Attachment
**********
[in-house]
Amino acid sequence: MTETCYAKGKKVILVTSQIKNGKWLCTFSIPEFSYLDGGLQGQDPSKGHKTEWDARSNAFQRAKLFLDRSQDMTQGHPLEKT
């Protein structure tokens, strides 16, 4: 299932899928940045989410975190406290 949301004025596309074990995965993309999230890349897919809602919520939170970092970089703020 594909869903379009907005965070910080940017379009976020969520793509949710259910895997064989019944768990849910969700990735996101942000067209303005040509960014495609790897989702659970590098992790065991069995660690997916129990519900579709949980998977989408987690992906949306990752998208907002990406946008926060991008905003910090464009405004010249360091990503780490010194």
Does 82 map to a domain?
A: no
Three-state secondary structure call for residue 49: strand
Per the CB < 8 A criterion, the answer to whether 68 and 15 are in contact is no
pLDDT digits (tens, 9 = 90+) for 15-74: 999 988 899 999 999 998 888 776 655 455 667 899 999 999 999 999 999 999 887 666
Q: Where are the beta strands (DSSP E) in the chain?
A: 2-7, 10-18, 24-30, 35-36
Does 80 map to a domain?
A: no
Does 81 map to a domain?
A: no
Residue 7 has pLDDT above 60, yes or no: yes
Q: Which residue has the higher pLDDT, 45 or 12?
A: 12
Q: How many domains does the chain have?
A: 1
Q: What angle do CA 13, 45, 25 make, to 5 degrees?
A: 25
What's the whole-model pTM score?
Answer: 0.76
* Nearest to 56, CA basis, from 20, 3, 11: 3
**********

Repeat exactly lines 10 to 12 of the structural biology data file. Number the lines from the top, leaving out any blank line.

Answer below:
A: 2-7, 10-18, 24-30, 35-36
Does 80 map to a domain?
A: no